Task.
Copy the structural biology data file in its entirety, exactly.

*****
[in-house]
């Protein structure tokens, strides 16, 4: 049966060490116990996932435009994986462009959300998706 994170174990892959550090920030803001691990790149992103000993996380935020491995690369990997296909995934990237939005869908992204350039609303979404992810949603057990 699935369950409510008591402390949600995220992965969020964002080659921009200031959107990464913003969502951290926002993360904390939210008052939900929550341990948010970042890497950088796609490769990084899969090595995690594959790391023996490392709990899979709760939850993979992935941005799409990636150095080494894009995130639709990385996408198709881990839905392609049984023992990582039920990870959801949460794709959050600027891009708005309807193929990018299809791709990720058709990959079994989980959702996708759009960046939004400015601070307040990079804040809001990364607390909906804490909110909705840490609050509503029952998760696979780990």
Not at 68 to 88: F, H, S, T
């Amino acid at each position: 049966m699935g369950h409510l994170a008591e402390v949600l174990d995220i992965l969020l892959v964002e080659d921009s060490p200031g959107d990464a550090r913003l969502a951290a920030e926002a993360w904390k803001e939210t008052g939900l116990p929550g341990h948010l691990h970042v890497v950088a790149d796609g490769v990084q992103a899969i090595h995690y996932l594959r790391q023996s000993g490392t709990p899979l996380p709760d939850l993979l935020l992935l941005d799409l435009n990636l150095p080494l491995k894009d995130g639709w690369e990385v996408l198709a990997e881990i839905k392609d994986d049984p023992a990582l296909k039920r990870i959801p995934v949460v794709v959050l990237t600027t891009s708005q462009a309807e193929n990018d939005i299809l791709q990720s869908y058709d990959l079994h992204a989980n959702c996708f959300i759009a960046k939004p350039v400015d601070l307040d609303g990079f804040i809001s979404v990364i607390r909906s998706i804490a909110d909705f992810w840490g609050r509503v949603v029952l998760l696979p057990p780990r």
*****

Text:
[in-house]
């Protein structure tokens, strides 16, 4: 049966060490116990996932435009994986462009959300998706 994170174990892959550090920030803001691990790149992103000993996380935020491995690369990997296909995934990237939005869908992204350039609303979404992810949603057990 699935369950409510008591402390949600995220992965969020964002080659921009200031959107990464913003969502951290926002993360904390939210008052939900929550341990948010970042890497950088796609490769990084899969090595995690594959790391023996490392709990899979709760939850993979992935941005799409990636150095080494894009995130639709990385996408198709881990839905392609049984023992990582039920990870959801949460794709959050600027891009708005309807193929990018299809791709990720058709990959079994989980959702996708759009960046939004400015601070307040990079804040809001990364607390909906804490909110909705840490609050509503029952998760696979780990």
Not at 68 to 88: F, H, S, T
């Amino acid at each position: 049966m699935g369950h409510l994170a008591e402390v949600l174990d995220i992965l969020l892959v964002e080659d921009s060490p200031g959107d990464a550090r913003l969502a951290a920030e926002a993360w904390k803001e939210t008052g939900l116990p929550g341990h948010l691990h970042v890497v950088a790149d796609g490769v990084q992103a899969i090595h995690y996932l594959r790391q023996s000993g490392t709990p899979l996380p709760d939850l993979l935020l992935l941005d799409l435009n990636l150095p080494l491995k894009d995130g639709w690369e990385v996408l198709a990997e881990i839905k392609d994986d049984p023992a990582l296909k039920r990870i959801p995934v949460v794709v959050l990237t600027t891009s708005q462009a309807e193929n990018d939005i299809l791709q990720s869908y058709d990959l079994h992204a989980n959702c996708f959300i759009a960046k939004p350039v400015d601070l307040d609303g990079f804040i809001s979404v990364i607390r909906s998706i804490a909110d909705f992810w840490g609050r509503v949603v029952l998760l696979p057990p780990r």